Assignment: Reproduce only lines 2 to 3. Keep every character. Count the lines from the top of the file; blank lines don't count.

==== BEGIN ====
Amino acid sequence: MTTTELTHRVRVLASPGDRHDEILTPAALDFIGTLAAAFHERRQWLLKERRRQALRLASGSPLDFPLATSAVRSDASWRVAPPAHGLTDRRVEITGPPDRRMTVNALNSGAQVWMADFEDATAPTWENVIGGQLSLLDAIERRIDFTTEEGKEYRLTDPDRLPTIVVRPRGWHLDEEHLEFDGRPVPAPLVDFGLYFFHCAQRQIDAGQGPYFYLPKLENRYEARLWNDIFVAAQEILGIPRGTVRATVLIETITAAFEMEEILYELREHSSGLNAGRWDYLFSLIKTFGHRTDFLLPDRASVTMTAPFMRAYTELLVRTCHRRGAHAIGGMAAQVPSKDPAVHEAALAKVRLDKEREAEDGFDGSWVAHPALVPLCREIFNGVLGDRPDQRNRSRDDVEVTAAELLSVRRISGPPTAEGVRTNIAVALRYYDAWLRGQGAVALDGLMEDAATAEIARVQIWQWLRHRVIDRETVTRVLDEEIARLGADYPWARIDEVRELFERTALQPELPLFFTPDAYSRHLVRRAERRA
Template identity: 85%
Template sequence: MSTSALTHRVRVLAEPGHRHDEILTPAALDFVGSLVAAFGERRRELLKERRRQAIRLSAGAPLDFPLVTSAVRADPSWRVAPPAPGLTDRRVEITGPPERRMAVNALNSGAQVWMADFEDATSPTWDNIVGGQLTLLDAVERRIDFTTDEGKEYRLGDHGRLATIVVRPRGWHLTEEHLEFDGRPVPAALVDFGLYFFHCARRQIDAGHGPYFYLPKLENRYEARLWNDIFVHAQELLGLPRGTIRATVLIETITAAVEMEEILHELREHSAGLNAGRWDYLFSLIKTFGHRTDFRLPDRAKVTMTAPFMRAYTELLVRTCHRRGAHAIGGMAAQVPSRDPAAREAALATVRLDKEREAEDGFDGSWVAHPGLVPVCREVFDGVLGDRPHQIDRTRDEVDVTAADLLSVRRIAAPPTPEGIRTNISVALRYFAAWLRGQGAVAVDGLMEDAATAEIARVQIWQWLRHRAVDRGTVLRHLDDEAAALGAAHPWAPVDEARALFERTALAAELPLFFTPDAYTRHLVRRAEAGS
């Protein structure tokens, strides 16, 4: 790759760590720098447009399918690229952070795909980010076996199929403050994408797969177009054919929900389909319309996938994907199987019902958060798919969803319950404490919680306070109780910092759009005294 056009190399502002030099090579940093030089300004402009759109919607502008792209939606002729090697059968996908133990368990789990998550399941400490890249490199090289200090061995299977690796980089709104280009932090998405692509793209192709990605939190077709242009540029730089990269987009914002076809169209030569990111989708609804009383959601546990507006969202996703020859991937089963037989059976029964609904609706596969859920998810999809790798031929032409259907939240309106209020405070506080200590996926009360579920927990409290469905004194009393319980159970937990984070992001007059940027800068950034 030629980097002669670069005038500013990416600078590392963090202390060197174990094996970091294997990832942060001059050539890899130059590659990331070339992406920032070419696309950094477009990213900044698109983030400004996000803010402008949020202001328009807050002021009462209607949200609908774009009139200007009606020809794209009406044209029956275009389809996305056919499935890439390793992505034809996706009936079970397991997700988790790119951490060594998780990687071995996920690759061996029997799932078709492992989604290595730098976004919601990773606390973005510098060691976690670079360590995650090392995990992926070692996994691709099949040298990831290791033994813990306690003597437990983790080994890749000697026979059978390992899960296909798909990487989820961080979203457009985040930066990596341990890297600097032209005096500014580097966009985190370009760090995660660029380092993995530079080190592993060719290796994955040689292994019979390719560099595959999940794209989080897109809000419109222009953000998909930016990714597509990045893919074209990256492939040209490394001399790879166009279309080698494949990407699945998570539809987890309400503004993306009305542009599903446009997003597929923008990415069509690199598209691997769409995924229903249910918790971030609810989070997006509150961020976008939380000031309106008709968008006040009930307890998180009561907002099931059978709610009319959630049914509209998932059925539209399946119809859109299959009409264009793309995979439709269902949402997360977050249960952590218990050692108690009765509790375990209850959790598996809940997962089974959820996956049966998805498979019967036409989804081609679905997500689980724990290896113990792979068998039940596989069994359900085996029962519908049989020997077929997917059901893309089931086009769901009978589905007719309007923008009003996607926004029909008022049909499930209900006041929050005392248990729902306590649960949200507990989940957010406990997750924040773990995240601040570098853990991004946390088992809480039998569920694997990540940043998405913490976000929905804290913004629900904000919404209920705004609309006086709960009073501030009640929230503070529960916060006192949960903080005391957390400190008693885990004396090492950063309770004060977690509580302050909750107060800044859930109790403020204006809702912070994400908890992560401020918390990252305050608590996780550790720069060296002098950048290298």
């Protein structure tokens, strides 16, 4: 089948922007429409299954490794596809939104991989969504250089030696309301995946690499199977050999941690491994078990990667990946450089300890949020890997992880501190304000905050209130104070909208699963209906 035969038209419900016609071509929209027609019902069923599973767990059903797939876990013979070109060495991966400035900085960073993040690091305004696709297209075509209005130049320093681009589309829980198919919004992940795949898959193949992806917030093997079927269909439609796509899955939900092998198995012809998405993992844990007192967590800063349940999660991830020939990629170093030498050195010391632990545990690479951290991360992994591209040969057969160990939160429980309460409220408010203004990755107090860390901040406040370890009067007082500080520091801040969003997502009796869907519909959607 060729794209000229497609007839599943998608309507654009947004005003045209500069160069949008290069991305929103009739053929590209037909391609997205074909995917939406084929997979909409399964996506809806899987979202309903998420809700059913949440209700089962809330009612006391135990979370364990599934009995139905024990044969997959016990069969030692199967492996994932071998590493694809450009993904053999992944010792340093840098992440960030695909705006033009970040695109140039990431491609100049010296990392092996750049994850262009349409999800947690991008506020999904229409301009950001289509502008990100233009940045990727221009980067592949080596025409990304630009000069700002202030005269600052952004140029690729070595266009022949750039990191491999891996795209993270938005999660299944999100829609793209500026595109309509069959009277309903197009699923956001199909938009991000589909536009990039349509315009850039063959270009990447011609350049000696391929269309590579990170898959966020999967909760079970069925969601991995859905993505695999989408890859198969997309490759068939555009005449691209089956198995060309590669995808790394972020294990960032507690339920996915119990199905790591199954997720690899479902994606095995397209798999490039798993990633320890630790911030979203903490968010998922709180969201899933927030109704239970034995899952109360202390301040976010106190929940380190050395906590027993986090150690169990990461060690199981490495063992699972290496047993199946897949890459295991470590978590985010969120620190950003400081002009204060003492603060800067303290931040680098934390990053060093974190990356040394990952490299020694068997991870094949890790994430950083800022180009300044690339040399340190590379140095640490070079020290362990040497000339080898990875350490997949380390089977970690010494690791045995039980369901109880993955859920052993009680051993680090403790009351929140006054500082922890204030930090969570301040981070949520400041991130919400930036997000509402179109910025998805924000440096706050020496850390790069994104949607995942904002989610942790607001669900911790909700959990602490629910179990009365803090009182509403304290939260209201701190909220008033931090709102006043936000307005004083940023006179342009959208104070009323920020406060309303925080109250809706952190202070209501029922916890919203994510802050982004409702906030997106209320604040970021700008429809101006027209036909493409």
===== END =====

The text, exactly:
Template identity: 85%
Template sequence: MSTSALTHRVRVLAEPGHRHDEILTPAALDFVGSLVAAFGERRRELLKERRRQAIRLSAGAPLDFPLVTSAVRADPSWRVAPPAPGLTDRRVEITGPPERRMAVNALNSGAQVWMADFEDATSPTWDNIVGGQLTLLDAVERRIDFTTDEGKEYRLGDHGRLATIVVRPRGWHLTEEHLEFDGRPVPAALVDFGLYFFHCARRQIDAGHGPYFYLPKLENRYEARLWNDIFVHAQELLGLPRGTIRATVLIETITAAVEMEEILHELREHSAGLNAGRWDYLFSLIKTFGHRTDFRLPDRAKVTMTAPFMRAYTELLVRTCHRRGAHAIGGMAAQVPSRDPAAREAALATVRLDKEREAEDGFDGSWVAHPGLVPVCREVFDGVLGDRPHQIDRTRDEVDVTAADLLSVRRIAAPPTPEGIRTNISVALRYFAAWLRGQGAVAVDGLMEDAATAEIARVQIWQWLRHRAVDRGTVLRHLDDEAAALGAAHPWAPVDEARALFERTALAAELPLFFTPDAYTRHLVRRAEAGS